Other medical problems—The presence of other medical problems may affect the use of fondaparinux. Make sure you tell your doctor if you have any other medical problems, especially:

  • Blood disease or bleeding problems or
  • Eye problems caused by diabetes or high blood pressure or
  • Heart infection or
  • High blood pressure (hypertension) or
  • If you weigh less than 110 pounds or
  • Kidney disease or
  • Stomach or intestinal ulcer (active) or
  • Stroke—The risk of bleeding may be increased.

Also, tell your doctor if you have received fondaparinux or heparin before and had a reaction to either of them called thrombocytopenia (a low platelet count in the blood), or if new blood clots formed while you were receiving the medicine.

In addition, tell your doctor if you have recently had medical surgery or spinal anesthesia . This may increase the risk of serious bleeding when you are taking fondaparinux.

Proper Use of This Medicine

If you are using fondaparinux at home, your health care professional will teach you how to inject yourself with the medicine. Be sure to follow the directions carefully. Check with your health care professional if you have any problems using the medicine .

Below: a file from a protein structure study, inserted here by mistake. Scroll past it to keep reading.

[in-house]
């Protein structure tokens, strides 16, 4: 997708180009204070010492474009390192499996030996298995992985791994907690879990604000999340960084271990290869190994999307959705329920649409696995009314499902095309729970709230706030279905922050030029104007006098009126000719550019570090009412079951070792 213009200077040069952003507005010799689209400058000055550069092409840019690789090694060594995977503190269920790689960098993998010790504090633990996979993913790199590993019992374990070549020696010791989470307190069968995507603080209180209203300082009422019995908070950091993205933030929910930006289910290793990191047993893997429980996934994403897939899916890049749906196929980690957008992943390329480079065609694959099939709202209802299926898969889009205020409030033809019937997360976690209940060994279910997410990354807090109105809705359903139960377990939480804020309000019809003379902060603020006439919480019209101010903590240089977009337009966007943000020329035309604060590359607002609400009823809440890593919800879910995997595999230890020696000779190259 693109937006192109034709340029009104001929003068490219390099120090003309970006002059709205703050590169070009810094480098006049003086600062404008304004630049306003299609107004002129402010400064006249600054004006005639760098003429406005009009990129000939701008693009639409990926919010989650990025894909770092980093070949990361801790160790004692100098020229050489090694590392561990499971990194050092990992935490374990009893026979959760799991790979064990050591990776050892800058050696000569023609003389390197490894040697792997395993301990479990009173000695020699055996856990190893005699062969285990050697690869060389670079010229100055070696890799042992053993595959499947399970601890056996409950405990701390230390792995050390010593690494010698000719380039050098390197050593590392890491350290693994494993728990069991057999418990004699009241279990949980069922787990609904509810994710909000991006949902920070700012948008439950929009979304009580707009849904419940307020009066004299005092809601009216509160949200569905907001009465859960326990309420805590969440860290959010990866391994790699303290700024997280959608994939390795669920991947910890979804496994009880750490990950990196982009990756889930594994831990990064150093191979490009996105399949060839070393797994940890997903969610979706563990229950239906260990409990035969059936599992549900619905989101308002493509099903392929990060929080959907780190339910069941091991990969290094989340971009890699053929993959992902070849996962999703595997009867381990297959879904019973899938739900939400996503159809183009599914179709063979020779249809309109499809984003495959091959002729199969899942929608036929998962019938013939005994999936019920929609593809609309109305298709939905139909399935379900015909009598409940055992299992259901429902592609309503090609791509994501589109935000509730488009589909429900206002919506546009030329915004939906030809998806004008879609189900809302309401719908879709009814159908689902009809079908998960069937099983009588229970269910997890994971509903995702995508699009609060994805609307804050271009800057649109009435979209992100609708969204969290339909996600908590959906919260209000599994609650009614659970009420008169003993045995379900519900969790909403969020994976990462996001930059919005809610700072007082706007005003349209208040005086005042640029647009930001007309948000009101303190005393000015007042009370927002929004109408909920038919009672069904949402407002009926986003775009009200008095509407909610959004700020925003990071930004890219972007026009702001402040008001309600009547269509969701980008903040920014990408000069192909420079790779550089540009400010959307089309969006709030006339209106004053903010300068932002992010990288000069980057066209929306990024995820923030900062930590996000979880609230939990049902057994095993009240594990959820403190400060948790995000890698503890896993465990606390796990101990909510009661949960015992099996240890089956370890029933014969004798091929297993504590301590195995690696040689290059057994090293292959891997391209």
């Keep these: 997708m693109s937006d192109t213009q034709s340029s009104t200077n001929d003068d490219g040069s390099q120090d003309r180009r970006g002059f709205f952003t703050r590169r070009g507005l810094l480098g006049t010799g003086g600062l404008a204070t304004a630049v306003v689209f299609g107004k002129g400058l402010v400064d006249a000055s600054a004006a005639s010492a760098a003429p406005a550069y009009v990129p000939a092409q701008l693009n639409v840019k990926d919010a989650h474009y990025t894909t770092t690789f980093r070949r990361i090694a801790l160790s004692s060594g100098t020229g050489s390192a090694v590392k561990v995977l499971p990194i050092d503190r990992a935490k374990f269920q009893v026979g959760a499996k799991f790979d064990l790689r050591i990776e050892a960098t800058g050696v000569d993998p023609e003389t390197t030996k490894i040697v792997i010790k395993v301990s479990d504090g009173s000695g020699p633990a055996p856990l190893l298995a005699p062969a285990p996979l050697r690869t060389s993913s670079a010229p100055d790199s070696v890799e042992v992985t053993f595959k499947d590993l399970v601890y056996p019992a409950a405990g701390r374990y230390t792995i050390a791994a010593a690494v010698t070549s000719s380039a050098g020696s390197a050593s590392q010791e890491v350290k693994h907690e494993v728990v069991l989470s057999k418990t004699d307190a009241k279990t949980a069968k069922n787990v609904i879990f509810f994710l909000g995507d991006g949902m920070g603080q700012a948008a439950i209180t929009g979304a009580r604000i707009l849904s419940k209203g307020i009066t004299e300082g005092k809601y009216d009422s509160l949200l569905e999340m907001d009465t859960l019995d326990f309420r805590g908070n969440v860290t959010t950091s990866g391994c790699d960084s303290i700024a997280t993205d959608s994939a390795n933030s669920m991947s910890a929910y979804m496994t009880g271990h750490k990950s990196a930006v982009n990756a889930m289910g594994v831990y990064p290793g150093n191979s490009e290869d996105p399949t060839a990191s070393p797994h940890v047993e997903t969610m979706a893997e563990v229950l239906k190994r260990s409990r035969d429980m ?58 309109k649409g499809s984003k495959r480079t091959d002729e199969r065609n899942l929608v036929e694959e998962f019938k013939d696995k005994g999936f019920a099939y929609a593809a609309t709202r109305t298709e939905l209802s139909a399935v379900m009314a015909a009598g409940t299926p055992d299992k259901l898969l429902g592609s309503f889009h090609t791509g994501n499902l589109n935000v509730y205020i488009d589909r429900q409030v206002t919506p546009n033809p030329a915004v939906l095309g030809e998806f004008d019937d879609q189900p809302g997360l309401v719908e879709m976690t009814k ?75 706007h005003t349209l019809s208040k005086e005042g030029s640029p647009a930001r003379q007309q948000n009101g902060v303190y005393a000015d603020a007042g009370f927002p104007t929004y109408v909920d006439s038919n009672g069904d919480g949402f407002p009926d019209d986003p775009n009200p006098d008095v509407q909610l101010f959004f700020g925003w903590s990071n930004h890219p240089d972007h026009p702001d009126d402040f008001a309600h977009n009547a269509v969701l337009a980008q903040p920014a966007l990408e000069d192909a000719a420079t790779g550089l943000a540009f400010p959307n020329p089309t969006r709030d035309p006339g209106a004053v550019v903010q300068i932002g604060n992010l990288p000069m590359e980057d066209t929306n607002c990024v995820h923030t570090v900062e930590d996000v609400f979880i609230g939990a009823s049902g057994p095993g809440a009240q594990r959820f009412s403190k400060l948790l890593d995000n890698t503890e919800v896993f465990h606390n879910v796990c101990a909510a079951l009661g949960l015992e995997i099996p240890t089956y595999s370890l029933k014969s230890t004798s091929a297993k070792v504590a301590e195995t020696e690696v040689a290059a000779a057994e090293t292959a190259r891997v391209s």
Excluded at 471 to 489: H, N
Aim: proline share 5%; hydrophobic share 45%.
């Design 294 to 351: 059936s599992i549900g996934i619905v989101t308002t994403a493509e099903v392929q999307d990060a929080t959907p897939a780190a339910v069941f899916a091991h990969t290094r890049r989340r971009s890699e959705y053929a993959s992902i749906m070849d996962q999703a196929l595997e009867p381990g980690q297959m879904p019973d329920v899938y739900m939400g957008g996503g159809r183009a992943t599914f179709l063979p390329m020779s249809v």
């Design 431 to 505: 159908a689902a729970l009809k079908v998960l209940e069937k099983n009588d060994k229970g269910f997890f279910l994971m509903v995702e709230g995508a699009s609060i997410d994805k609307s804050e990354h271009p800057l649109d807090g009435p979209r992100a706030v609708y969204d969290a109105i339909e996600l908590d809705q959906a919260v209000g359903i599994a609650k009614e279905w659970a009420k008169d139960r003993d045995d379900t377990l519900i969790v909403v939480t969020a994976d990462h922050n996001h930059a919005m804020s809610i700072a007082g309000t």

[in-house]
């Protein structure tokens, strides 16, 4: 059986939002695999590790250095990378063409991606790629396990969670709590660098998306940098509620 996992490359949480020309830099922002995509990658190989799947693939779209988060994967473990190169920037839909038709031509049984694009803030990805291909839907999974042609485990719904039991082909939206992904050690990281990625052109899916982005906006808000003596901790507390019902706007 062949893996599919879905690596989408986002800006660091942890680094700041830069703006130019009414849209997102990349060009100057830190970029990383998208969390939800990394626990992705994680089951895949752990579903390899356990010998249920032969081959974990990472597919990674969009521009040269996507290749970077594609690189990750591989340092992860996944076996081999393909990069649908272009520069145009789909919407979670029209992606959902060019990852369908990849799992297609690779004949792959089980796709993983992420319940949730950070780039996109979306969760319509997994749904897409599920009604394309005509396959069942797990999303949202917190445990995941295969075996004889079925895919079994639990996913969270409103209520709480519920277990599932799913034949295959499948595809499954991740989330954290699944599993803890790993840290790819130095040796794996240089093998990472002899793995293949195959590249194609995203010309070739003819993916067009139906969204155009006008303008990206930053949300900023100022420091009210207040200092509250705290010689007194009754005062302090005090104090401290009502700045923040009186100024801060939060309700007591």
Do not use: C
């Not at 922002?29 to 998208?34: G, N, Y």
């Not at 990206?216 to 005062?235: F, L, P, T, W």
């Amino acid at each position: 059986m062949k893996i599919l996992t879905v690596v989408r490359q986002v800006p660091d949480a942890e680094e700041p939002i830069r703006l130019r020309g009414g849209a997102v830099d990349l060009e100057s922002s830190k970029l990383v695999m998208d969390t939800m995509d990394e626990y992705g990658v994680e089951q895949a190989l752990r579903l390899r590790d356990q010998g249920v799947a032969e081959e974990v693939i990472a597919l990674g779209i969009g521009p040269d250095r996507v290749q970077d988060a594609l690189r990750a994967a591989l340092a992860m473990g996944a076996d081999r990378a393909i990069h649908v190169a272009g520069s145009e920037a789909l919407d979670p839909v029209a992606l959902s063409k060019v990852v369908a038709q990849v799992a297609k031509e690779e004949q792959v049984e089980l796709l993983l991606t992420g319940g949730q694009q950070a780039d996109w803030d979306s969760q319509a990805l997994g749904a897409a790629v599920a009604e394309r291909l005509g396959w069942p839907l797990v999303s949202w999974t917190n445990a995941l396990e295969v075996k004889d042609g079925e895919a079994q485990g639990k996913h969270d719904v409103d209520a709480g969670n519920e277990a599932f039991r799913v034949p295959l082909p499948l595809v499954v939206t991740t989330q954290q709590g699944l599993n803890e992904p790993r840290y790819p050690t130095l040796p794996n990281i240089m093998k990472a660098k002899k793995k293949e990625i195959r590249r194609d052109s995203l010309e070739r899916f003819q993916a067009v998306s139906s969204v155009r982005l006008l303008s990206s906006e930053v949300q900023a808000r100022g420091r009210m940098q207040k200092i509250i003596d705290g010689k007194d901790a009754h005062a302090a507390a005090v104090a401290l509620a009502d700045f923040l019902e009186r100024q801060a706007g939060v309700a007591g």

Put used syringes in a puncture-resistant, disposable container , or dispose of them as directed by your health care professional.

Dosing—The dose of fondaparinux will be different for different patients. Follow your doctor's orders or the directions on the label . The following information includes only the average doses of fondaparinux. If your dose is different, do not change it unless your doctor tells you to do so.

  • For injection dosage form:
    • For prevention of deep vein thrombosis (leg clots)
      • Adults—2.5 milligrams (mg) injected under the skin once a day for five to nine days. The first dose is given six to eight hours after surgery.
      • Children—Use and dose must be determined by your doctor.
    • For treatment of deep vein thrombosis (leg clots) and pulmonary embolism (blood clots in the lungs)
      • Adults—5 milligrams (mg) (if body weight is less than 110 lbs), 7.5 mg (for 110 lbs to 220 lbs), or 10 mg (for greater than 220 lbs) injected under the skin once a day for five to nine days. The first dose is given six to eight hours after surgery. The doctor will determine when treatment with warfarin should begin.
      • Children—Use and dose must be determined by your doctor.

Missed dose—If you miss a dose of this medicine, call your doctor.

Storage—To store this medicine:

  • Keep out of the reach of children.
  • Store away from heat and direct light.
  • Keep the medicine from freezing. Do not refrigerate.
  • Do not keep outdated medicine or medicine no longer needed. Be sure that any discarded medicine is out of the reach of children.

Precautions While Using This Medicine